Pokémon Go Studio Cancels Projects, Cuts More Than 80 Staff As It Struggles To Find Next Hit

Pokémon Go Studio Cancels Projects, Cuts More Than 80 Staff As It Struggles To Find Next Hit
Photo: Rafael Henrique / SOPA Images / LightRocket, Getty Images

The mobile game company behind Pokémon Go, Niantic, is struggling to find its next big hit. And now, a new report claims the studio cancelled multiple projects and laid off staff members in an effort to “streamline” operations.

The San Francisco-based publisher cut 85 to 90 jobs and cancelled four in-development games, including a Transformers spin-off announced last year called Heavy Metal, according to a Bloomberg report published today, Bloomberg further reported that an email was sent from CEO John Hanke to staff that said the company was “facing a time of economic turmoil” and that after previous efforts to cut costs, Niantic still needed to “further streamline our operations in order to best position the company to weather any economic storms that may lie ahead.”

Other reportedly cancelled games include Hamlet, a planned collaboration between Niantic and theatre company Punchdrunk, and Blue Sky and Snowball, but it’s unclear if those were planned titles or internal codenames.

Niantic found big success with 2016’s AR-powered Pokémon Go, but it still hasn’t been able to replicate that success. In 2019, the studio released Harry Potter: Wizards Unite, but it never found a large audience and was eventually shut down earlier this year. Other games based on Pikmin and Catan have also failed to set the world on fire.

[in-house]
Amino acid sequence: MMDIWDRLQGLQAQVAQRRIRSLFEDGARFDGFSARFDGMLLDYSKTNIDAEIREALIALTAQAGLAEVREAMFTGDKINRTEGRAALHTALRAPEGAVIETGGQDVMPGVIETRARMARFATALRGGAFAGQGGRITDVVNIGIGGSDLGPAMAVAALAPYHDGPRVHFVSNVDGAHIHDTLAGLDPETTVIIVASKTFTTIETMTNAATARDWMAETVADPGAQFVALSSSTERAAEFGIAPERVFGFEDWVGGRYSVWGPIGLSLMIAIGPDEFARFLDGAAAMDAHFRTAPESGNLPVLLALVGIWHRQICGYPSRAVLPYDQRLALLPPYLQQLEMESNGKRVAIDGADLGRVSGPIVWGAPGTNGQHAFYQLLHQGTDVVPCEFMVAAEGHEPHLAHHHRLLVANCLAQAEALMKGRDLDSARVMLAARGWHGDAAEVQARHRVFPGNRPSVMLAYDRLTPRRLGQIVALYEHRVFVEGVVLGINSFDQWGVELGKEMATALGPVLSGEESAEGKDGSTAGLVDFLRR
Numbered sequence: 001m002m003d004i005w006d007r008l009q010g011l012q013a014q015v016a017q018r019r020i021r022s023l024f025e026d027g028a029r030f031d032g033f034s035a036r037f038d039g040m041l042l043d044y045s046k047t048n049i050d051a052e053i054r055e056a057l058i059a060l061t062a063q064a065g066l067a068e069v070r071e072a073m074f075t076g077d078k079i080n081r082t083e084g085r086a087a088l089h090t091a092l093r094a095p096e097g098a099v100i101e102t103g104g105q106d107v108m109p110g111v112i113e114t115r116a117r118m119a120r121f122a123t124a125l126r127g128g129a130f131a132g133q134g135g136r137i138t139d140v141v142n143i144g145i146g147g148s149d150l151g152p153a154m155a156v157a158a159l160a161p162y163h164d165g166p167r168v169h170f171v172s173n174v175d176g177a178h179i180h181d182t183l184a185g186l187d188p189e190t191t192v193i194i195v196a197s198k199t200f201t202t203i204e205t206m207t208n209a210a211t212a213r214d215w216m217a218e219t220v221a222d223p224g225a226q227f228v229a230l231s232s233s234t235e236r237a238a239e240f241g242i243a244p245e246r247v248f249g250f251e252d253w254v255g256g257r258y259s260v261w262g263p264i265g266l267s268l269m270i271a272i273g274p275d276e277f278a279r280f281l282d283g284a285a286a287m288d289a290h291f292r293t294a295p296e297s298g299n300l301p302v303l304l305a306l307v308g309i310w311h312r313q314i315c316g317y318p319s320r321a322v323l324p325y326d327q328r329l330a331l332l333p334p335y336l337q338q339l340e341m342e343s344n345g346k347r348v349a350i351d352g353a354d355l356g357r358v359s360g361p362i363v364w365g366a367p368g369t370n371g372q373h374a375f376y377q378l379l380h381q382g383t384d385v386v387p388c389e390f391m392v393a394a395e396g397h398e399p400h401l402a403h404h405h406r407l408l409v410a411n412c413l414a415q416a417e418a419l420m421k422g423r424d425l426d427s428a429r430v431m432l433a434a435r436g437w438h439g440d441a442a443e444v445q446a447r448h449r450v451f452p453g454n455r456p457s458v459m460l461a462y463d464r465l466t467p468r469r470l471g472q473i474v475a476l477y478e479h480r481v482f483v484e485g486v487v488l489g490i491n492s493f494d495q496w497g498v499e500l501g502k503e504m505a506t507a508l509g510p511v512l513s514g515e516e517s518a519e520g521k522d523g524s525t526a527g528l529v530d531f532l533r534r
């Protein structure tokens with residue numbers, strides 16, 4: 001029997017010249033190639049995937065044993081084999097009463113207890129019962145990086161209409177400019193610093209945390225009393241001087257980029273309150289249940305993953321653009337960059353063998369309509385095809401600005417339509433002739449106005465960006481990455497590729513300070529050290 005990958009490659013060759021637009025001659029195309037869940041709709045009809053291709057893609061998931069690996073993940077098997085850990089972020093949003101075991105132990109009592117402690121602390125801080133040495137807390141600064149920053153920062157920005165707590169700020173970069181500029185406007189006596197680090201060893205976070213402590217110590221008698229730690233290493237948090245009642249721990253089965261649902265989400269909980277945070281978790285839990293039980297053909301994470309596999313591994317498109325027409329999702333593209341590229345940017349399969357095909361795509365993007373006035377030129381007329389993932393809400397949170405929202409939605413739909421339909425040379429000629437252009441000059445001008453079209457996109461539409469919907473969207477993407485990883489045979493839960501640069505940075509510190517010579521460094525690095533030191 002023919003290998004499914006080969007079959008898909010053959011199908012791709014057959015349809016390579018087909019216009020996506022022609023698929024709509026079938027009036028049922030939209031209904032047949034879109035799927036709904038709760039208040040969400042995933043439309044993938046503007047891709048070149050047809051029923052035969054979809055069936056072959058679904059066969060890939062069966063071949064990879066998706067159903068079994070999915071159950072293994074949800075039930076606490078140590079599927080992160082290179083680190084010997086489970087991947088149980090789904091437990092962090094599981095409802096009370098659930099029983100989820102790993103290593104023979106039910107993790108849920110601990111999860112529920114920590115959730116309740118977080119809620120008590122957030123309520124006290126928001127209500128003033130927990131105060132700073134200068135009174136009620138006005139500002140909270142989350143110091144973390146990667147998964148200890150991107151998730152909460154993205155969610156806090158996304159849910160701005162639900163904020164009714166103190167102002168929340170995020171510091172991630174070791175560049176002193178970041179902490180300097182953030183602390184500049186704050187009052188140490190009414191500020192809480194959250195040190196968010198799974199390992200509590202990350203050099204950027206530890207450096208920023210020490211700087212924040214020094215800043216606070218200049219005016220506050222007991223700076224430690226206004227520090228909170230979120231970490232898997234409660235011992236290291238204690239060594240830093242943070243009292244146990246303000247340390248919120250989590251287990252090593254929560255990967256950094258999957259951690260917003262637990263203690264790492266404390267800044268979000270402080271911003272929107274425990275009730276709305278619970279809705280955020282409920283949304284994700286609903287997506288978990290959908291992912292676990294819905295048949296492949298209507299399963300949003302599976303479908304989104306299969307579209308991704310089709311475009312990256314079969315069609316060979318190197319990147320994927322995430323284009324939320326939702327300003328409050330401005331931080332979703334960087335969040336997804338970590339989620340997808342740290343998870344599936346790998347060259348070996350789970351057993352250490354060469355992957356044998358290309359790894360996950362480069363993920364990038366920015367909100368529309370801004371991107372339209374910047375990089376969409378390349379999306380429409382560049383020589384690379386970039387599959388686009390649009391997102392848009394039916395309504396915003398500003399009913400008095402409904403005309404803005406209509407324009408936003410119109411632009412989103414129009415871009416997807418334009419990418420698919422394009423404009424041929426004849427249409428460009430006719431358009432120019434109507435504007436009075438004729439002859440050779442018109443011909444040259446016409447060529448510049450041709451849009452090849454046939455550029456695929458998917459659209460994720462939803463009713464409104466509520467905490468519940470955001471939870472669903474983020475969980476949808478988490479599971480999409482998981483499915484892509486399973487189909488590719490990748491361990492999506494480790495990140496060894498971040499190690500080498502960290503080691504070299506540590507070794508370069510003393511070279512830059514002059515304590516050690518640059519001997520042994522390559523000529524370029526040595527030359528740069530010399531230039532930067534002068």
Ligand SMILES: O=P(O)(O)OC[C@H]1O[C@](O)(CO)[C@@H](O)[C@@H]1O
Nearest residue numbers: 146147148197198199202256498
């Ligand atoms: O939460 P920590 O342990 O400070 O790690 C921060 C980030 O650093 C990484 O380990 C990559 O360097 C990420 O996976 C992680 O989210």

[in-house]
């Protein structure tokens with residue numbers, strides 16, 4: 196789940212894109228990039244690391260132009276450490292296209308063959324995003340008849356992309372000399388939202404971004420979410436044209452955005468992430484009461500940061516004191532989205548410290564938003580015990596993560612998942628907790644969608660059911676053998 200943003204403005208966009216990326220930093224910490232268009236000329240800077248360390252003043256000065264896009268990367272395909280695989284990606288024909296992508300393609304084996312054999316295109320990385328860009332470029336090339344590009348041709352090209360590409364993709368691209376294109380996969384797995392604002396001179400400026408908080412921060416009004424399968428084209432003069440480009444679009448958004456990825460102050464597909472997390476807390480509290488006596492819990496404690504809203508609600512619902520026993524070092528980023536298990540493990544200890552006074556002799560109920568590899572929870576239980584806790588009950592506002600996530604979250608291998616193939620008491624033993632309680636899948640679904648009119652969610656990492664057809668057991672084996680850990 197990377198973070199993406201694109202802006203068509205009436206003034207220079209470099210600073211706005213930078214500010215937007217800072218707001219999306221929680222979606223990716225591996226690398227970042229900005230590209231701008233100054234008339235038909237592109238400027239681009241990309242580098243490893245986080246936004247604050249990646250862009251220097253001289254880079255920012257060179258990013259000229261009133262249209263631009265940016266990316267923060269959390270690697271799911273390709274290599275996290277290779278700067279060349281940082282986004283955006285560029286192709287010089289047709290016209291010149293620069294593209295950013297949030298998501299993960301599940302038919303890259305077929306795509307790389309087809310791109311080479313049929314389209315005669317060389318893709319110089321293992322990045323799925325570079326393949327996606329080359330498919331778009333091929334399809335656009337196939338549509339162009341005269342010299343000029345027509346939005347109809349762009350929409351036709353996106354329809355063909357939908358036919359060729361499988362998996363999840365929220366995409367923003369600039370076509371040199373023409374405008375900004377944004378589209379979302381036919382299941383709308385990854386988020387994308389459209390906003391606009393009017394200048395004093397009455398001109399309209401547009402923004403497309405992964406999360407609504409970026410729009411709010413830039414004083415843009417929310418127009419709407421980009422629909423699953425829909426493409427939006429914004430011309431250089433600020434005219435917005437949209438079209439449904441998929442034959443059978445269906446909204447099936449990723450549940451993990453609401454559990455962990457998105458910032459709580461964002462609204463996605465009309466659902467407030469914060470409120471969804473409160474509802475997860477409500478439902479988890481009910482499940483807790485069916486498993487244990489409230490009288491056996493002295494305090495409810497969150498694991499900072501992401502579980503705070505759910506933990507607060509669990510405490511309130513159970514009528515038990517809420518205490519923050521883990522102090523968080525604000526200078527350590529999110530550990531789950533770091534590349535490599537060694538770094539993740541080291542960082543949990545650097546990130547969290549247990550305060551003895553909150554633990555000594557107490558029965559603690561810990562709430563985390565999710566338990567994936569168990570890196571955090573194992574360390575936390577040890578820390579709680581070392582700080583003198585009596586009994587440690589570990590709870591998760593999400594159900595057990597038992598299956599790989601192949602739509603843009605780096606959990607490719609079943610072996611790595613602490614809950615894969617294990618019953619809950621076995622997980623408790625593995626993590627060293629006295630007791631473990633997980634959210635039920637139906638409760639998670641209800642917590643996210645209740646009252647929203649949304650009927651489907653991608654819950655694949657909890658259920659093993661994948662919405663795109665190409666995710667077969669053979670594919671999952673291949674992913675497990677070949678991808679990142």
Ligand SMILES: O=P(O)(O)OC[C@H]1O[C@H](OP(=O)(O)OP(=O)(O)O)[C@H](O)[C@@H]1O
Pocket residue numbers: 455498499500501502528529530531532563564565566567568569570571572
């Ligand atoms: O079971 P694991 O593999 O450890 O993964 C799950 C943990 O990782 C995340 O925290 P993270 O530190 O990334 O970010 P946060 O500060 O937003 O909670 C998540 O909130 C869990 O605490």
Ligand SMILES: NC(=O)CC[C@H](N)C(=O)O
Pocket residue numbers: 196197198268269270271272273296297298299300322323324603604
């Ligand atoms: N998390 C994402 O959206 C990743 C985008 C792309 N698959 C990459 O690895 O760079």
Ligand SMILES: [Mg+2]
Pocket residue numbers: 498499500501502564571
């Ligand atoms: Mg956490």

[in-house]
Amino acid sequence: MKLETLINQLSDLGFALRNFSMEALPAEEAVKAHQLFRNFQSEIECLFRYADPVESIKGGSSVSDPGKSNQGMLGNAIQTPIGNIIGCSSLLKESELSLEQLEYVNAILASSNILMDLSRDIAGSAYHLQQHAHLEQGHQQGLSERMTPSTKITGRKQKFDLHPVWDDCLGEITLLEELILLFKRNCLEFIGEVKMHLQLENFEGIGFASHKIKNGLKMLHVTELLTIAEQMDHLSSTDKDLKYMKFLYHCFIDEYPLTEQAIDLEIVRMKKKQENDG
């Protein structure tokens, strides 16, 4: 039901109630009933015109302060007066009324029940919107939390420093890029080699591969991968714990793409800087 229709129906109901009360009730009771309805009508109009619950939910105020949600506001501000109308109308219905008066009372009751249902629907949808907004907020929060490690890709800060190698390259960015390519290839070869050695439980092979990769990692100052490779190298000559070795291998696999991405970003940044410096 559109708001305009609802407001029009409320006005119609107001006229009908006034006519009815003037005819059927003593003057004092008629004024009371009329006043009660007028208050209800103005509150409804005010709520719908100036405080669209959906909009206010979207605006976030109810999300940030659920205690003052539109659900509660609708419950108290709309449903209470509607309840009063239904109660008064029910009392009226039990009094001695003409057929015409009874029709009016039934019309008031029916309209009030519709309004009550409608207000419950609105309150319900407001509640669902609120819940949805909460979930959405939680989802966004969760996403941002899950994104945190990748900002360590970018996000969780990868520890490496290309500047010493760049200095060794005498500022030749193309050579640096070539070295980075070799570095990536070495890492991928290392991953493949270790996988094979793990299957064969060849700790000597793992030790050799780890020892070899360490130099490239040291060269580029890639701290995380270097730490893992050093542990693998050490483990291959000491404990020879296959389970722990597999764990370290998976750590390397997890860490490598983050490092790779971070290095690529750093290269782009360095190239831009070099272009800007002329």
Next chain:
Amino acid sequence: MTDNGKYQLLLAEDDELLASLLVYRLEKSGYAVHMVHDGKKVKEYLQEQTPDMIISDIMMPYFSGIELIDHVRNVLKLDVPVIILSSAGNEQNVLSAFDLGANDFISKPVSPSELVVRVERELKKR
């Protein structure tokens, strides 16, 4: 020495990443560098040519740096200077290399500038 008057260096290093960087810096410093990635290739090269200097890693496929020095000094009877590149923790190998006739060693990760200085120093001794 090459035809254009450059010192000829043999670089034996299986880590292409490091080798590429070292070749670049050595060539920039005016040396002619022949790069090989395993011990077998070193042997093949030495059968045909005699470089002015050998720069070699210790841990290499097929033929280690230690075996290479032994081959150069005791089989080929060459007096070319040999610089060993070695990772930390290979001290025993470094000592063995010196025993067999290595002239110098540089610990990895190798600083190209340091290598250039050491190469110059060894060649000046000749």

Read More: Niantic Mapped The World. Now They’re Mapping You

In a statement sent to Kotaku, a Niantic spokesperson confirmed the news of the layoffs and explained it planned to continue to support Pokémon Go and its other games and projects.

“We recently decided to stop production on some projects and reduce our workforce by about eight per cent to focus on our key priorities,” said Niantic. “We are grateful for the contributions of those leaving Niantic, and we are supporting them through this difficult transition.

The company also told Kotaku that this move will allow the company to focus more on “new experiences” and that it will “continue investing in the future of AR.”

While it’s true Niantic will keep investing in new games — the company did just announce a new project with the NBA after all — it’s unlikely that those laid off will find comfort in that fact. I can’t imagine watching your company continue to make billions of dollars on a single game while laying off staff is a good way to boost morale.



  • I mean what did they expect really. Pokemon Go was only a HUGE success because of the IP tied to it. If it had been Random Slime Monsters are Go, it would have barely registered on peoples radars.

    Kind of insane that they thought – ermaghad we so successful lets hire way more people and start churning out multiple titles with no IP attached and we’ll have the same success. Very short sighted as well.

    • Maybe contact them, I am sure they would love a deep commercial analysis from a random person on a gaming site comments section, with no access to their inner workings. A person who is clearly ignoring that the world is a very different place, with different issues than it was when they hirer them. But what do I know, I am just another random guy on a gaming site, shooting the breeze.

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